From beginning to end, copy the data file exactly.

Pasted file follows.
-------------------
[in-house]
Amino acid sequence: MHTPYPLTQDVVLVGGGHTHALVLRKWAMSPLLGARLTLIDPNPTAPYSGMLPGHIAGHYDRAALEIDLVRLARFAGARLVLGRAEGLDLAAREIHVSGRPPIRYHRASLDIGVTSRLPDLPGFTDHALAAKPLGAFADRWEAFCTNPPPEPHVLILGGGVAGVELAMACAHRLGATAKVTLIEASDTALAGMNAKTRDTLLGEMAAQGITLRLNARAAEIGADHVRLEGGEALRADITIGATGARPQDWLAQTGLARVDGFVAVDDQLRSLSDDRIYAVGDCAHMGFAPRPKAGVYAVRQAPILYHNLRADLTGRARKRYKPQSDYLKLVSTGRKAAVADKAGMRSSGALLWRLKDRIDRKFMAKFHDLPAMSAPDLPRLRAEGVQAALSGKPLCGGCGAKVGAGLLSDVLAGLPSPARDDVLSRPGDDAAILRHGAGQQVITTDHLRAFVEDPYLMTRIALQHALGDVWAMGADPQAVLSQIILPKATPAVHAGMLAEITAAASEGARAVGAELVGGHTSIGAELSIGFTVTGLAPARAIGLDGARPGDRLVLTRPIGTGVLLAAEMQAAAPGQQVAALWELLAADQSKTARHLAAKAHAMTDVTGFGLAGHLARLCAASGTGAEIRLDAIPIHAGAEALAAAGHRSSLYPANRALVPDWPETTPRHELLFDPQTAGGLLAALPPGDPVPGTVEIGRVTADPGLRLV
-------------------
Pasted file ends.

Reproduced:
[in-house]
Amino acid sequence: MHTPYPLTQDVVLVGGGHTHALVLRKWAMSPLLGARLTLIDPNPTAPYSGMLPGHIAGHYDRAALEIDLVRLARFAGARLVLGRAEGLDLAAREIHVSGRPPIRYHRASLDIGVTSRLPDLPGFTDHALAAKPLGAFADRWEAFCTNPPPEPHVLILGGGVAGVELAMACAHRLGATAKVTLIEASDTALAGMNAKTRDTLLGEMAAQGITLRLNARAAEIGADHVRLEGGEALRADITIGATGARPQDWLAQTGLARVDGFVAVDDQLRSLSDDRIYAVGDCAHMGFAPRPKAGVYAVRQAPILYHNLRADLTGRARKRYKPQSDYLKLVSTGRKAAVADKAGMRSSGALLWRLKDRIDRKFMAKFHDLPAMSAPDLPRLRAEGVQAALSGKPLCGGCGAKVGAGLLSDVLAGLPSPARDDVLSRPGDDAAILRHGAGQQVITTDHLRAFVEDPYLMTRIALQHALGDVWAMGADPQAVLSQIILPKATPAVHAGMLAEITAAASEGARAVGAELVGGHTSIGAELSIGFTVTGLAPARAIGLDGARPGDRLVLTRPIGTGVLLAAEMQAAAPGQQVAALWELLAADQSKTARHLAAKAHAMTDVTGFGLAGHLARLCAASGTGAEIRLDAIPIHAGAEALAAAGHRSSLYPANRALVPDWPETTPRHELLFDPQTAGGLLAALPPGDPVPGTVEIGRVTADPGLRLV